"He never even told me. He wouldn't brag, to him he was just doing his job.," Carey said.
On president's day weekend, Tyler Carey's unit was on a three day pass. Carey stayed on base to work out while his buddies took advantage of the break. Shane Carey said his son didn't have his phone because it had broken and he was waiting for a replacement.
So Shane Carey said he didn't talk to him that weekend.
Carey admits his son had some things from childhood that weighed heavy on him, but he said he always stayed focused on succeeding in whatever he did.
"It doesn't make any sense, Ty is not a quitter, He doesn't give up!" Shane Carey said.
As Shane Carey knelt at work, devastated, listening to the words he couldn't believe he was hearing, he knew he still had to go home and tell his family. Thoughts flooded his brain.
"I was crushed, I was even thinking about killing myself too. I can't live without my son. How do I tell his brothers that their superman, the guy who is larger than life, killed himself?"
But, as he was driving home with tears in his eyes he realized what his family needs is for him to be strong.
And obviously his wife and two sons were devastated. As they grieved Carey turned to trying to find out anything he could.
As is military procedure in death's like Tyler Carey's, an investigation was opened. Tough the investigation will take months to close, Shane Carey was able to find out the contents of a note discovered when his son was found.
"Tell my mom and my dad I love them and tell them I'm very, very sorry," was all it said.
Tyler was one month shy of his 21st birthday.
Shane Carey began pouring over every memory and conversation he had with his son to see if he missed a cry for help. He looked at every post on social media and every text message.
He hasn't found anything.
The Veteran's Administration estimates between 20 to 22 veteran or active duty military personnel, on average, commit suicide every day.
When Shane Carey heard that statistic he knew he wanted to do something to help and honor his son.
"I made a promise to Ty I'd see it through. Military suicide (awareness) will be my life long cause," Carey said pointing and looking up to heaven.
Carey became aware of the 22 Challenge and decided that was a good place to start. The 22 Challenge is a nationwide campaign focused on creating awareness by publicly doing 22 push-ups and telling anyone who asks about the on-going problem of suicides among veterans and active duty personnel using the VA's daily suicide statistic. On March 25, the day Tyler would have turned 21, Carey took the challenge one step further by creating an event to do the challenge but adding a 22 mile hike while donning a 22 pound pack.
He started telling people on social media of his plan. Posts about what he was going to do and posts about the military suicide problem. He said anyone who wanted to join him was welcome.
Shane Carey would've done this even if no one else joined him, but along Sandycreek trail he wasn't alone. The Marines who notified him of his sons death, a few close friends and family and some of Tyler's friends from high school all joined him for all or just parts of the hike. Other friends ,who could not join, did the challenge elsewhere and sent video messages back to Carey. Leading up to the event and during Shane Carey posted video thoughts to social media and tried to let people know what he was do and why. He wants to get the word out about the problems of veteran and active duty suicides.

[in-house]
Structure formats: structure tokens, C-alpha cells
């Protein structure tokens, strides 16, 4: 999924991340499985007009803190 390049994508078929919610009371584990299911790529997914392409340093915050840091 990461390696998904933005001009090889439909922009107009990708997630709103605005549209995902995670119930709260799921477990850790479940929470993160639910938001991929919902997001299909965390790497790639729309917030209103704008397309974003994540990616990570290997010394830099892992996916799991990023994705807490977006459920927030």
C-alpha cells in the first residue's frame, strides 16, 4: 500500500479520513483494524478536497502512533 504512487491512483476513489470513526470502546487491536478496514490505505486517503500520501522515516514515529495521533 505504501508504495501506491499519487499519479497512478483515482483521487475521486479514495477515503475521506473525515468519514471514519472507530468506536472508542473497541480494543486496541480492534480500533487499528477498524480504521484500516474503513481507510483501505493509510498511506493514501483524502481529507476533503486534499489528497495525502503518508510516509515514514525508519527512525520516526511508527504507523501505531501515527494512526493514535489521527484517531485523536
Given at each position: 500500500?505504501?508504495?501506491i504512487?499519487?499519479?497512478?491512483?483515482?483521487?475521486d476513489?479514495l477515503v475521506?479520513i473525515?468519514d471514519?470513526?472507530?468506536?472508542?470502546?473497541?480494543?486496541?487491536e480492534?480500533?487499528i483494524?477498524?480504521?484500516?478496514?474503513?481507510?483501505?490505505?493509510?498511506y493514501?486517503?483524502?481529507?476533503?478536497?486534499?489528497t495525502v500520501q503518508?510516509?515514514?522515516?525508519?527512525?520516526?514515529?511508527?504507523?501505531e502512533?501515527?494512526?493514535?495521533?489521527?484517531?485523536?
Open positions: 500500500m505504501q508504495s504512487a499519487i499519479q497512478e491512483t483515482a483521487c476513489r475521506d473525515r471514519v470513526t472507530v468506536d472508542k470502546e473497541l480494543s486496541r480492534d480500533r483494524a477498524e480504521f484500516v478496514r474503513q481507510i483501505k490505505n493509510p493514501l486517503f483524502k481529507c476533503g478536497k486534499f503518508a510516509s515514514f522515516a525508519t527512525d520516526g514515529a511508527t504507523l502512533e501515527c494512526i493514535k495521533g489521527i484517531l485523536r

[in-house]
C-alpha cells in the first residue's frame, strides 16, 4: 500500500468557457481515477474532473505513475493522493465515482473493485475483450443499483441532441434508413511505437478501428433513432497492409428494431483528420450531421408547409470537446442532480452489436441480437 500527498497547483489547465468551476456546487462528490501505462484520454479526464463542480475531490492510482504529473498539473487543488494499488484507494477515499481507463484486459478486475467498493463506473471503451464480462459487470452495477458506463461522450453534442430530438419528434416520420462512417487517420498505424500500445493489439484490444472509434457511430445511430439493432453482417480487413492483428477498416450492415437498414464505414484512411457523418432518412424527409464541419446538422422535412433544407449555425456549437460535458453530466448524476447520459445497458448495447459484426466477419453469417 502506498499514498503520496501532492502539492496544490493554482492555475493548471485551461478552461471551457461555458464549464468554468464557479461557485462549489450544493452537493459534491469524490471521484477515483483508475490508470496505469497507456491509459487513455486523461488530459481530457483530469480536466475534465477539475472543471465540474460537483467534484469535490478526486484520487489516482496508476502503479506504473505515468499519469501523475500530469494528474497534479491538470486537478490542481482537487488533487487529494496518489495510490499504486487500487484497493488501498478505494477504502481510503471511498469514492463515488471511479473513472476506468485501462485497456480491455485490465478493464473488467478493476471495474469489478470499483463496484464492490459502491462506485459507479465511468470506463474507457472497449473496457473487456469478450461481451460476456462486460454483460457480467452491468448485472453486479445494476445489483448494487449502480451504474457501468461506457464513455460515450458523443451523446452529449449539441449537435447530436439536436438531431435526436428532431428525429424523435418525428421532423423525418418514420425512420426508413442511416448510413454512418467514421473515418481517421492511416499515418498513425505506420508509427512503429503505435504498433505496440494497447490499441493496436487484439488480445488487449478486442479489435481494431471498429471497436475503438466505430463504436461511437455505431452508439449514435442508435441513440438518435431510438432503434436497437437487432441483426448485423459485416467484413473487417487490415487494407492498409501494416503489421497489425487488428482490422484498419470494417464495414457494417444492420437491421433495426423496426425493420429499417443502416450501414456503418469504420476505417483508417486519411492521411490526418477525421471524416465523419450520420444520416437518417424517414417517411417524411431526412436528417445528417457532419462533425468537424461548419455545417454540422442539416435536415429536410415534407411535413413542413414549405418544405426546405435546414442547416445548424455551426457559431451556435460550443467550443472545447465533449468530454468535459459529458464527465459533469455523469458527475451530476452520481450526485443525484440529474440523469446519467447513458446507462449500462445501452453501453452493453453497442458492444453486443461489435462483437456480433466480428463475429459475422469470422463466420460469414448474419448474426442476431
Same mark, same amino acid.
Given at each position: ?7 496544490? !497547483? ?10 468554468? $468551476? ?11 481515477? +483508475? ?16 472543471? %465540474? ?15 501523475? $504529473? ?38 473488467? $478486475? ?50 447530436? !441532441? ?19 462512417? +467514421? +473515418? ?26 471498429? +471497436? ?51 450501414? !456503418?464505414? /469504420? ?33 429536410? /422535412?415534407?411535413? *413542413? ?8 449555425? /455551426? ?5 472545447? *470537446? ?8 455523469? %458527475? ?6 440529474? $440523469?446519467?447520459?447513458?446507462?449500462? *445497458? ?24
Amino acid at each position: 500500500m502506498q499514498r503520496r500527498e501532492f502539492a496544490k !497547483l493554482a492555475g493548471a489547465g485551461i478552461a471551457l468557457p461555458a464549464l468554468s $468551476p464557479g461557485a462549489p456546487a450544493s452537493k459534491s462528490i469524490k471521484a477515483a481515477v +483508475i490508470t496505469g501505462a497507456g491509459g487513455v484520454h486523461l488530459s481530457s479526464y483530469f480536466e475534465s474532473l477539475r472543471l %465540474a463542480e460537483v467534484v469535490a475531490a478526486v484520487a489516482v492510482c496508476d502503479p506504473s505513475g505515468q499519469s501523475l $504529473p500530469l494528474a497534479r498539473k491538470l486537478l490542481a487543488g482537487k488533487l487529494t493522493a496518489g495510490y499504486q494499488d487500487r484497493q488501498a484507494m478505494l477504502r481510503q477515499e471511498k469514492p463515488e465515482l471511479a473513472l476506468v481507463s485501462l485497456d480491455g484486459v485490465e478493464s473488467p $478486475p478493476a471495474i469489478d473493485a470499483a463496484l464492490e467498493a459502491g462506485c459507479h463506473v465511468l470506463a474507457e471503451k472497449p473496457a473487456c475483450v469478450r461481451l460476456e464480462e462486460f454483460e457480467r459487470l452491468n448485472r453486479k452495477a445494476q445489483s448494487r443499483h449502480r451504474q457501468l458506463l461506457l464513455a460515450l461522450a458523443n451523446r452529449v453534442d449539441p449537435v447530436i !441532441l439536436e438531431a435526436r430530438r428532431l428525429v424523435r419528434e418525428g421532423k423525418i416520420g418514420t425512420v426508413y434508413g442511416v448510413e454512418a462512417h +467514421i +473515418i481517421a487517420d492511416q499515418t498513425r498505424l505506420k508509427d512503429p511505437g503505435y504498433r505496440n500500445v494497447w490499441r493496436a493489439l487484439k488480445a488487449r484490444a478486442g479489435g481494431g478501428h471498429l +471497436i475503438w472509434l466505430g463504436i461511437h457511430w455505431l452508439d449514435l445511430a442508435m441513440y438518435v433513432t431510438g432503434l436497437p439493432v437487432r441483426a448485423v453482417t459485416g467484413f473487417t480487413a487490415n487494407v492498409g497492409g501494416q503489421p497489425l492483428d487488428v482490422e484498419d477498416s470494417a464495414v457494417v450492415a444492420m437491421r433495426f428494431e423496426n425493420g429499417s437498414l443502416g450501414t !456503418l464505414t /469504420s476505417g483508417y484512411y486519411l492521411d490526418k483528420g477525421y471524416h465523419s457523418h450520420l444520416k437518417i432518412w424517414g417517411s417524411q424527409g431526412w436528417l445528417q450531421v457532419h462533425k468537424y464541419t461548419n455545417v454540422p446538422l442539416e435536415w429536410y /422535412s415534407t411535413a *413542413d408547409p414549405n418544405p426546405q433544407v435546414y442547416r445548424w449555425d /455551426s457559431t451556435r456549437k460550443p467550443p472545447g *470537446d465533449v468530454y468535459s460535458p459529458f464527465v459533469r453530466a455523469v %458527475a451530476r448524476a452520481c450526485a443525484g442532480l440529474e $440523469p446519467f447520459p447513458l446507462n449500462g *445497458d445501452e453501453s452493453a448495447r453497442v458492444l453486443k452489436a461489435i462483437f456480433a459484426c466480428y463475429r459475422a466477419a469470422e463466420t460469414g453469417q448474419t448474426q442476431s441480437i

After the grueling nine hours in the sun, Carey completed the first mission of his goal to spread the word. His social media posts from the event were seen by people all over the world.
Last month, with help from family and friends a tribute concert in Franklin for Tyler was put together and raised over $8,000 that will be donated to Mission 22, a group dedicated to the problem of veterans and military suicides, and help with other awareness efforts. Carey will also create a youth sports scholarship to help send a Franklin wrestler to camp at Penn State next year, something Tyler benefited from in his youth.
Carey isn't doing this alone. His wife Angel is there by his side all the way, The Carey's haven't determined the next step, but they know whether its large-scale or one-on-one, the goal remains unchanged - to help.
"I don't know? Maybe I'll write a book, whatever, but I need to do something." he said.
In the meantime he remembers his son daily and shares his thoughts on his loss and his immense pride in his sons life. He stops somewhere each day to do 22 push-ups.
And he keeps up with some of Tyler's Marine friends and tries to help them if he can.
Recently, while scanning Facebook, a post by one of his son's friends caught his attention. He thought what he was reading might be a cry for help. Carey took action. He alerted the proper people at the base where the Marine was stationed. They checked on the Marine to discover he was indeed struggling. They got him the help he needed.
Later Carey reached out to that Marine to offer an ear and apologize if he overstepped his bounds. The Marine thanked him.
"Maybe through Tyler's tragedy we can prevent another tragedy. If we can prevent one that is a success," Carey said.
He doesn't want another parent to go through what he and his family did.
"You shouldn't have to write your sons obituary."